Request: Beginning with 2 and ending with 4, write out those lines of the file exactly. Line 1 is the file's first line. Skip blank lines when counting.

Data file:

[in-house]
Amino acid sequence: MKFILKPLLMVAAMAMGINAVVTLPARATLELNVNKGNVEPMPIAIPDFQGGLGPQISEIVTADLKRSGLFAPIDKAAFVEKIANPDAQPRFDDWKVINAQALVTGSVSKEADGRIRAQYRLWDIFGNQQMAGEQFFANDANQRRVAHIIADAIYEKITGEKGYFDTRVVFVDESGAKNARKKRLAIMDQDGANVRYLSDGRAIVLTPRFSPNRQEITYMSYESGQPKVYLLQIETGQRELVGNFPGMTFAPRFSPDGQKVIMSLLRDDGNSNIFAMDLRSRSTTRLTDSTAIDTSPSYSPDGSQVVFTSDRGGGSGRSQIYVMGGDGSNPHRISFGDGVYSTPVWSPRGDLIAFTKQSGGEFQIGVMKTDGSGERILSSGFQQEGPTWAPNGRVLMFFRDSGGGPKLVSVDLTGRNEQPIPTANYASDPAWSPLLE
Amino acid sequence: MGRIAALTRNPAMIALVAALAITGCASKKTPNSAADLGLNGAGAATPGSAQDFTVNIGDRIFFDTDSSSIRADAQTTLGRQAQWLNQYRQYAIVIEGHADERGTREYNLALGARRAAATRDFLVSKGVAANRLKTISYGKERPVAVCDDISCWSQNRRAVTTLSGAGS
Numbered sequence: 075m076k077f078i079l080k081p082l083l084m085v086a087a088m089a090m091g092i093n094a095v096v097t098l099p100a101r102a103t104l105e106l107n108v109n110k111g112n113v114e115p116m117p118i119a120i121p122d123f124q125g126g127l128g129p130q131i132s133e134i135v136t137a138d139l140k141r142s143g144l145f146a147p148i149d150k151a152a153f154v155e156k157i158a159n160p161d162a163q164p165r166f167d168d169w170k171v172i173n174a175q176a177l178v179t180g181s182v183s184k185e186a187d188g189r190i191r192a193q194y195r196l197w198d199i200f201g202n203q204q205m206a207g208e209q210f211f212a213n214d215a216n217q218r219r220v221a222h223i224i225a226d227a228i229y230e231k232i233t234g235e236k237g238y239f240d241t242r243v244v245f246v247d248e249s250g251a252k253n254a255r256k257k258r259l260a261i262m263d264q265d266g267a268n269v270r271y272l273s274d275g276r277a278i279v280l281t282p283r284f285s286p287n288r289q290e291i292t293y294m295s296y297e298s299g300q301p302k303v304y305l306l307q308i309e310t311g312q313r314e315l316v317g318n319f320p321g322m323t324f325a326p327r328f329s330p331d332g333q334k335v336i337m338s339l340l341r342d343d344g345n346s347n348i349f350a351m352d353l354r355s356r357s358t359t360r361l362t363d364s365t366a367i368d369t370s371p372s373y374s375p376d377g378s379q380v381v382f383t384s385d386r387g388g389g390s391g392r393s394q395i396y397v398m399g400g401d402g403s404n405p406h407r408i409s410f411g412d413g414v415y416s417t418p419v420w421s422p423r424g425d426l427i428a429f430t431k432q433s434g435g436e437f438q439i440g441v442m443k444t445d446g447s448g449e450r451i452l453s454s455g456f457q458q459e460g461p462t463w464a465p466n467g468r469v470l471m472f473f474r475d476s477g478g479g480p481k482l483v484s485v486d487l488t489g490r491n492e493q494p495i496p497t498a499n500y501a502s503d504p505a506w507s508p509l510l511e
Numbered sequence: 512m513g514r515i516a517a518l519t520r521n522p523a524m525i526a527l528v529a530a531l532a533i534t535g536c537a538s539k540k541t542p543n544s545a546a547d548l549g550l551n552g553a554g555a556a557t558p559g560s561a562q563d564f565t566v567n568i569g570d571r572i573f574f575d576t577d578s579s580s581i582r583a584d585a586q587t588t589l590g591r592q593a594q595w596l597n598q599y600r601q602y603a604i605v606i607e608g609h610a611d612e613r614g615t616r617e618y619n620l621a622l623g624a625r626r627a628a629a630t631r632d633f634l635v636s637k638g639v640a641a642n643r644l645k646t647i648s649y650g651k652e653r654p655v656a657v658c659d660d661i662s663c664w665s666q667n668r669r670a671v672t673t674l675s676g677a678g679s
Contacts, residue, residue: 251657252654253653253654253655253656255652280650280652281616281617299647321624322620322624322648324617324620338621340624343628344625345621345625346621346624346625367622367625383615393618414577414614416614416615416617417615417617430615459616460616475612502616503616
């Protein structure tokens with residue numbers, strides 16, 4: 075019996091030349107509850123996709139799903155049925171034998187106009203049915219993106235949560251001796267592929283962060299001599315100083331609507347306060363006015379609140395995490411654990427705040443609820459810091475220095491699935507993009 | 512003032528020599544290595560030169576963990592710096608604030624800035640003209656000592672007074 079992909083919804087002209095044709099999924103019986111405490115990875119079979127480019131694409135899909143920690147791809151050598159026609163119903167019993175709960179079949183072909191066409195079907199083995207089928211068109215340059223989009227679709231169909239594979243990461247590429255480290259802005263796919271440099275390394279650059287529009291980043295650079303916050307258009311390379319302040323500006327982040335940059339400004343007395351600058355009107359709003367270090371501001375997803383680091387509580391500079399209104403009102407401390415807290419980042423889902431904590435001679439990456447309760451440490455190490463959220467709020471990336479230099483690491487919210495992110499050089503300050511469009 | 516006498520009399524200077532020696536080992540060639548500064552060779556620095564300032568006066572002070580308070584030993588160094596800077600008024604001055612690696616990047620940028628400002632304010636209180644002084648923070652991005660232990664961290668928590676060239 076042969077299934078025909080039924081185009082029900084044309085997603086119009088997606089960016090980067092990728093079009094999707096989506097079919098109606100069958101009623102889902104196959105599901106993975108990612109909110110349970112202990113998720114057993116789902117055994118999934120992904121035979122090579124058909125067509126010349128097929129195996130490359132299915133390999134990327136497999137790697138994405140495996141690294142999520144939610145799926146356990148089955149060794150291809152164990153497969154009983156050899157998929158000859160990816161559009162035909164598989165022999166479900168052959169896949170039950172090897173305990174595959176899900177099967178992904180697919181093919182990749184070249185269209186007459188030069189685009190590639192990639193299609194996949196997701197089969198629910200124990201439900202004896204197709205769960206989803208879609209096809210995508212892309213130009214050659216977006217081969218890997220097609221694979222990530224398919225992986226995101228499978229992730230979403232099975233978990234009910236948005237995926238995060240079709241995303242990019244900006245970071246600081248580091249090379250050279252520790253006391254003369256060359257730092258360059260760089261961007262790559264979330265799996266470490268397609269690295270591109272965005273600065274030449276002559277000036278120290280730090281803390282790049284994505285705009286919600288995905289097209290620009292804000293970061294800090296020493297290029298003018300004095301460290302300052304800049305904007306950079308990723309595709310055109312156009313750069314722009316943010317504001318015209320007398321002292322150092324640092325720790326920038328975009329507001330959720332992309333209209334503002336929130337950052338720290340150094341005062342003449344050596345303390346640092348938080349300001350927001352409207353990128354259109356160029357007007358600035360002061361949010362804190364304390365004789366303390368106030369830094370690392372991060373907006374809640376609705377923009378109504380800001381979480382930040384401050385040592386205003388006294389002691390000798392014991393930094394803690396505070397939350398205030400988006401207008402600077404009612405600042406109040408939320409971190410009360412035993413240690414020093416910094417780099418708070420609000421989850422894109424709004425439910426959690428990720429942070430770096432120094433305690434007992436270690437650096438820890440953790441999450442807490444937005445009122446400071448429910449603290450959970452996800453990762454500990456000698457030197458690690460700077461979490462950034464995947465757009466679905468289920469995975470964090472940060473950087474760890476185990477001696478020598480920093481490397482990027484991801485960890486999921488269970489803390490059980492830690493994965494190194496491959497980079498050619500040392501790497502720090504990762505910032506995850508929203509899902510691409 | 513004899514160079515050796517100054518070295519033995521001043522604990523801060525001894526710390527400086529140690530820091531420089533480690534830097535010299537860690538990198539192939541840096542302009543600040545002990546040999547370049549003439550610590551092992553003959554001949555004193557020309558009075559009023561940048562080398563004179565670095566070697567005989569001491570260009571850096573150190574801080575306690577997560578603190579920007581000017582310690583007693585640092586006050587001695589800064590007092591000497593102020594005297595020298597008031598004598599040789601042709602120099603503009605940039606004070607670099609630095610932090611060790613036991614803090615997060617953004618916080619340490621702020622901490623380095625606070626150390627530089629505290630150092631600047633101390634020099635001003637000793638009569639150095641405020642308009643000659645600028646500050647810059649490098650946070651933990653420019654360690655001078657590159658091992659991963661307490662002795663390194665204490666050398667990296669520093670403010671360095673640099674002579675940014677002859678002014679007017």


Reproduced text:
Amino acid sequence: MKFILKPLLMVAAMAMGINAVVTLPARATLELNVNKGNVEPMPIAIPDFQGGLGPQISEIVTADLKRSGLFAPIDKAAFVEKIANPDAQPRFDDWKVINAQALVTGSVSKEADGRIRAQYRLWDIFGNQQMAGEQFFANDANQRRVAHIIADAIYEKITGEKGYFDTRVVFVDESGAKNARKKRLAIMDQDGANVRYLSDGRAIVLTPRFSPNRQEITYMSYESGQPKVYLLQIETGQRELVGNFPGMTFAPRFSPDGQKVIMSLLRDDGNSNIFAMDLRSRSTTRLTDSTAIDTSPSYSPDGSQVVFTSDRGGGSGRSQIYVMGGDGSNPHRISFGDGVYSTPVWSPRGDLIAFTKQSGGEFQIGVMKTDGSGERILSSGFQQEGPTWAPNGRVLMFFRDSGGGPKLVSVDLTGRNEQPIPTANYASDPAWSPLLE
Amino acid sequence: MGRIAALTRNPAMIALVAALAITGCASKKTPNSAADLGLNGAGAATPGSAQDFTVNIGDRIFFDTDSSSIRADAQTTLGRQAQWLNQYRQYAIVIEGHADERGTREYNLALGARRAAATRDFLVSKGVAANRLKTISYGKERPVAVCDDISCWSQNRRAVTTLSGAGS
Numbered sequence: 075m076k077f078i079l080k081p082l083l084m085v086a087a088m089a090m091g092i093n094a095v096v097t098l099p100a101r102a103t104l105e106l107n108v109n110k111g112n113v114e115p116m117p118i119a120i121p122d123f124q125g126g127l128g129p130q131i132s133e134i135v136t137a138d139l140k141r142s143g144l145f146a147p148i149d150k151a152a153f154v155e156k157i158a159n160p161d162a163q164p165r166f167d168d169w170k171v172i173n174a175q176a177l178v179t180g181s182v183s184k185e186a187d188g189r190i191r192a193q194y195r196l197w198d199i200f201g202n203q204q205m206a207g208e209q210f211f212a213n214d215a216n217q218r219r220v221a222h223i224i225a226d227a228i229y230e231k232i233t234g235e236k237g238y239f240d241t242r243v244v245f246v247d248e249s250g251a252k253n254a255r256k257k258r259l260a261i262m263d264q265d266g267a268n269v270r271y272l273s274d275g276r277a278i279v280l281t282p283r284f285s286p287n288r289q290e291i292t293y294m295s296y297e298s299g300q301p302k303v304y305l306l307q308i309e310t311g312q313r314e315l316v317g318n319f320p321g322m323t324f325a326p327r328f329s330p331d332g333q334k335v336i337m338s339l340l341r342d343d344g345n346s347n348i349f350a351m352d353l354r355s356r357s358t359t360r361l362t363d364s365t366a367i368d369t370s371p372s373y374s375p376d377g378s379q380v381v382f383t384s385d386r387g388g389g390s391g392r393s394q395i396y397v398m399g400g401d402g403s404n405p406h407r408i409s410f411g412d413g414v415y416s417t418p419v420w421s422p423r424g425d426l427i428a429f430t431k432q433s434g435g436e437f438q439i440g441v442m443k444t445d446g447s448g449e450r451i452l453s454s455g456f457q458q459e460g461p462t463w464a465p466n467g468r469v470l471m472f473f474r475d476s477g478g479g480p481k482l483v484s485v486d487l488t489g490r491n492e493q494p495i496p497t498a499n500y501a502s503d504p505a506w507s508p509l510l511e